Failure is OK. I am really into the idea of woodworking. Like, refinishing tables, building things, whatever. My first refinished table? Not that great. But I’m learning. And in learning it’s OK to fail. It’s also OK to try something new and hate it. I tried to get all crafty and make our own coasters, and other related pinterest projects. Some Most of them did not turn out pretty. I tried Zumba once. Didn’t like it. DID try becoming an instructor at my gym and loved it. Trying and failing is OK; how else do you know what you like?

OK, I’ve not tried THIS yet, but I’m getting more adventurous!

Your palate is an ever evolving delight. Foods you used to hate will suddenly be delicious. I can’t even list all the things that within the last 5-10 years I discovered I enjoyed. I used to have some irrational vendetta against pears & watermelon. Love them now. Still hate tropical fruit though, but I try it every so often! My wine of choice has gone from dessert wine to moscato to riesling, on through until I drink Merlot now. I would never have ate mussels a few years ago. Now? One of our special treats for dinner. I could go on and on, but to sum it up: give peas a chance. Just because you once hated something, give it a fresh try. You’ll be surprised at what you discover about yourself.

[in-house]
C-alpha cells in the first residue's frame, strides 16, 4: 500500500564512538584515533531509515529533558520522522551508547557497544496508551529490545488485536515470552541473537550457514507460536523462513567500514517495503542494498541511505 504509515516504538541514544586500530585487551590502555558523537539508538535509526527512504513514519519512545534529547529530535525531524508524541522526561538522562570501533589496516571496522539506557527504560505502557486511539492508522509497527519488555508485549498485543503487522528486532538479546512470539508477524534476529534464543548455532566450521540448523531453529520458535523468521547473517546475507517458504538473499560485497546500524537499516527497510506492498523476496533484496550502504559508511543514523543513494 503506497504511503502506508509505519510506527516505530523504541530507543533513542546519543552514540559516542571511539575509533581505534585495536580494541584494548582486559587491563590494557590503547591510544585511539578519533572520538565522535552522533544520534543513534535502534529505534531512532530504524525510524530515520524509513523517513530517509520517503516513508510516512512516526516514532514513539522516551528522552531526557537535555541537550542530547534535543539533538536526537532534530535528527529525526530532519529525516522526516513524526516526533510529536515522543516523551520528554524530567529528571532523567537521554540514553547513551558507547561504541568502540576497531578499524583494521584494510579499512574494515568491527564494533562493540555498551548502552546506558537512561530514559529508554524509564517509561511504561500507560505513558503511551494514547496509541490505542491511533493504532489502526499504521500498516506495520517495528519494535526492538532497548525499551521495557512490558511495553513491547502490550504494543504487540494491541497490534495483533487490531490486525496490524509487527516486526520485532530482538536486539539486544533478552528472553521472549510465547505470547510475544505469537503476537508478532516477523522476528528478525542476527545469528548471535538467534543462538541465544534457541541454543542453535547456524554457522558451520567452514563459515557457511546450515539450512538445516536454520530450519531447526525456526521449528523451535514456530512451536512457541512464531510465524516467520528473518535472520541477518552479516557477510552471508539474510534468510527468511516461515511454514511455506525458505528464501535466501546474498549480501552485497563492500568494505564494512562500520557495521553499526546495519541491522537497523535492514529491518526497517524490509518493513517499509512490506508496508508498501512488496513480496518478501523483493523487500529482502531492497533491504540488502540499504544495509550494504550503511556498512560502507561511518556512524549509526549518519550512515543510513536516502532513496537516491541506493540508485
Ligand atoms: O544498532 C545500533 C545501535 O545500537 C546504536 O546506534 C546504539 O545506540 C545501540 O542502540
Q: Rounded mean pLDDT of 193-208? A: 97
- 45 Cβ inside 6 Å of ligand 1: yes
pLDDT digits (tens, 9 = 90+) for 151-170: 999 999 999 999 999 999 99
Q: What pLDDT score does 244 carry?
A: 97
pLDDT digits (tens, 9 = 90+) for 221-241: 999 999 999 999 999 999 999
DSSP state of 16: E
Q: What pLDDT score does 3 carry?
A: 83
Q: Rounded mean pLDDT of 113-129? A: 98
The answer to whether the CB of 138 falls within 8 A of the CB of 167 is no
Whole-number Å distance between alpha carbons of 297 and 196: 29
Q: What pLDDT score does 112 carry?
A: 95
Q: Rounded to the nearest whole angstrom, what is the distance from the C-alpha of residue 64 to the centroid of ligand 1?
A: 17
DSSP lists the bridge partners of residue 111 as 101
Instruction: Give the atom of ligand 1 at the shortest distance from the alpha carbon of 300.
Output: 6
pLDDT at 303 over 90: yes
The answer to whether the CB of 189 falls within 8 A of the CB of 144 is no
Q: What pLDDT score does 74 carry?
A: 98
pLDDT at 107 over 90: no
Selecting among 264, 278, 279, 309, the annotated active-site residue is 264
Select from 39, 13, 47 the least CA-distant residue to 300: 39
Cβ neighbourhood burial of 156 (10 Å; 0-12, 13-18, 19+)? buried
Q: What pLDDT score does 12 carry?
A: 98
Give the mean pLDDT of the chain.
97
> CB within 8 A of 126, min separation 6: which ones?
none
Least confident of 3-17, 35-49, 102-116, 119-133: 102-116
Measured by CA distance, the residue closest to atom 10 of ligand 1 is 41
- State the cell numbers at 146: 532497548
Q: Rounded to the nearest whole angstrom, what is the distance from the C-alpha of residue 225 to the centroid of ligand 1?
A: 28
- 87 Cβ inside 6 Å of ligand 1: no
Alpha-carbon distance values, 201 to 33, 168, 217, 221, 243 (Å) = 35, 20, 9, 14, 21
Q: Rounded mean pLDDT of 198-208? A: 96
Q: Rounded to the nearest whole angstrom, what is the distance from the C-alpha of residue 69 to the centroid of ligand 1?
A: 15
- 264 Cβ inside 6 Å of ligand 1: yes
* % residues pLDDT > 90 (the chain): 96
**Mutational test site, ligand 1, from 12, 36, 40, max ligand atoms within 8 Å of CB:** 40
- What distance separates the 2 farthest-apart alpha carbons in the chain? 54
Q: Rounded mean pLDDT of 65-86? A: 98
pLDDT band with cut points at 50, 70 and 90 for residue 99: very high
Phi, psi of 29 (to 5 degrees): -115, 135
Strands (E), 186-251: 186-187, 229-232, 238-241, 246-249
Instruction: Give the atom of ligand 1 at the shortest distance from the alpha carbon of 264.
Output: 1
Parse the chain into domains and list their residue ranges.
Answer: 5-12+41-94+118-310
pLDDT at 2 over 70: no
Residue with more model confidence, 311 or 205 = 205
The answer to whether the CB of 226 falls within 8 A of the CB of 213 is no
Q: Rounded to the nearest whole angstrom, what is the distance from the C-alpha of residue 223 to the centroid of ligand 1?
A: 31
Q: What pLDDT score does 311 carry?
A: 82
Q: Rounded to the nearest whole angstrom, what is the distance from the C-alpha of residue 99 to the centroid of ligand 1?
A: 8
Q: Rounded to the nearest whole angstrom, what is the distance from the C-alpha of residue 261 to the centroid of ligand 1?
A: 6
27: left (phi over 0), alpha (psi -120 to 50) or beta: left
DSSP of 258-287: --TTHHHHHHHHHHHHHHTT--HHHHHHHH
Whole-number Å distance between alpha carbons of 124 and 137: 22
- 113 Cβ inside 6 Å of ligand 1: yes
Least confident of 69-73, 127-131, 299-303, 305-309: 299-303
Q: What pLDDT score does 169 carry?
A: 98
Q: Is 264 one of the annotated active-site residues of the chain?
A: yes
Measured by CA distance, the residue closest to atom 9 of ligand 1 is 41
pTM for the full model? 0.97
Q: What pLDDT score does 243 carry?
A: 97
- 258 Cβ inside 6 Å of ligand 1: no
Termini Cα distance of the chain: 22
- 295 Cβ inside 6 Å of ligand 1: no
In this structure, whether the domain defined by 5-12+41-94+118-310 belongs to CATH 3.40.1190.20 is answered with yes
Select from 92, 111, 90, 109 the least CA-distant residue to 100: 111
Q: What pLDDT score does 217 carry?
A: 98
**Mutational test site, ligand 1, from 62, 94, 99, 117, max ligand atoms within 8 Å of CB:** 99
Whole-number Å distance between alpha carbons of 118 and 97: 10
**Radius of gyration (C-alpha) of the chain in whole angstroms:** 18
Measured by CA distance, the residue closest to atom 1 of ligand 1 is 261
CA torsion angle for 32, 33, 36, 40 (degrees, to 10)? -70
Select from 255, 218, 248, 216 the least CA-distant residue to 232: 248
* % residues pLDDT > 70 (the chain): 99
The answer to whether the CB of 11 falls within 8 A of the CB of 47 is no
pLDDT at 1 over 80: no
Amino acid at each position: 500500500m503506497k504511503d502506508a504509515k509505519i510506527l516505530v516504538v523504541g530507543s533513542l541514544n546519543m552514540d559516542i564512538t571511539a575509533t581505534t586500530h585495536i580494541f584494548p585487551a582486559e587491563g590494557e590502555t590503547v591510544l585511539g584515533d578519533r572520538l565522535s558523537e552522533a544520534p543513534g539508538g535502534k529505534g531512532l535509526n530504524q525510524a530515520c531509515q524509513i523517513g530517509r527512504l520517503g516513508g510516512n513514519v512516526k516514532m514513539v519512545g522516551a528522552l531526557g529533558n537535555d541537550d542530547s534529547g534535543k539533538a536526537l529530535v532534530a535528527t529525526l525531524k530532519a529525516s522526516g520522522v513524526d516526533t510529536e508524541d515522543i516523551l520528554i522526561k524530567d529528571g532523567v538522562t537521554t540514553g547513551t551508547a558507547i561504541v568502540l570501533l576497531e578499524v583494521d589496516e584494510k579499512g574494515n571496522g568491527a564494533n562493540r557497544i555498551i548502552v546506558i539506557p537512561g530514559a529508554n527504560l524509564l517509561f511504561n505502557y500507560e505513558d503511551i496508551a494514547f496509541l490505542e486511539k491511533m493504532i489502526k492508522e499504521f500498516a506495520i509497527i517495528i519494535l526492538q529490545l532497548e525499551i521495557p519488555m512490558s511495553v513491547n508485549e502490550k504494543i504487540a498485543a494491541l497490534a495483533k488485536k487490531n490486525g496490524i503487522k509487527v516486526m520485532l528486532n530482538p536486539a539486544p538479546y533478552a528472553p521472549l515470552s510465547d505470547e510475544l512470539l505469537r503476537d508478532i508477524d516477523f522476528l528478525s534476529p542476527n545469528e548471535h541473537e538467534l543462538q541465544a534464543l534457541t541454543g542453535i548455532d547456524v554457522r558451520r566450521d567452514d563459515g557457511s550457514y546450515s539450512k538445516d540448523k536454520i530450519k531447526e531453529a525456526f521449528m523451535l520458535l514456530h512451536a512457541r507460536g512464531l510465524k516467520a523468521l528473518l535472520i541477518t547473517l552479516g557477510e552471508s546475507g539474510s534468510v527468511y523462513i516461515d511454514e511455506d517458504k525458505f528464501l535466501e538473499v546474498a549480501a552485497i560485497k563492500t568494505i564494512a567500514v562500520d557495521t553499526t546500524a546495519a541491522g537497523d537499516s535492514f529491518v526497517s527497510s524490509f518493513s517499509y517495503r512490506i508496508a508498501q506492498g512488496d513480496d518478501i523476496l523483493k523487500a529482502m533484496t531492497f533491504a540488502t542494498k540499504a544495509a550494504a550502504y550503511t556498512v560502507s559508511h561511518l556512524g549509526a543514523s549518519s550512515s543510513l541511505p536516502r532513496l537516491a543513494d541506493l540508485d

I’m sure there’s so many other nuggets of wisdom I could give you, but that should be enough to reassure you all that I’m still alive out here, finding gifs of puppies and spouting my own personal version of wisdom. Life’s good, and I’m trying to enjoy as much of it as possible right now. If that means my blogging is sporadic at best, so be it.

4 thoughts on “Things I’ve Learned in My Thirties

  1. haha – love all of these. And I think they are part of a common theme – live YOUR life. Lisa and I dealt with those growing pains in our late 20s and early 30s, chipping away at things that were there due to others or what we perceived that we *should* be doing.

    I would add:

    “Getting older doesn’t mean ‘growing up’ – love what you love” – not only does being cool with whatever we like, whether it is ‘age appropriate’ or ‘gender appropriate’ allow us to free ourselves of making others happy, it also teaches kids a lesson that they don’t need to worry so much about stuff being ‘too young’ or whatever.

    As for those jeans – I am basically the same age as Cindy Crawford, so when a few years ago people were ridiculing ‘mom jeans’ and showing pics of Crawford I still think ‘hawt’. Now that they are coming back in fashion … well, I have to laugh. Just glad leisure suits from the 70s haven’t returned … have a couple of pics of my dad in those … and glad I have been able to live 30+ adult years in khakis and button down shirts without an issue 🙂

    Al;ways love your ‘hey I’m alive’ posts 🙂

    • Cindy Crawford is hot, no matter what kind of jeans she’s wearing. I started writing a response to you and realized it was more of a new topic, so I’m stuffing that back in my hat. And you men…polos and khakis are never wrong, and I am so jealous of the ease and consistency you have in your clothing!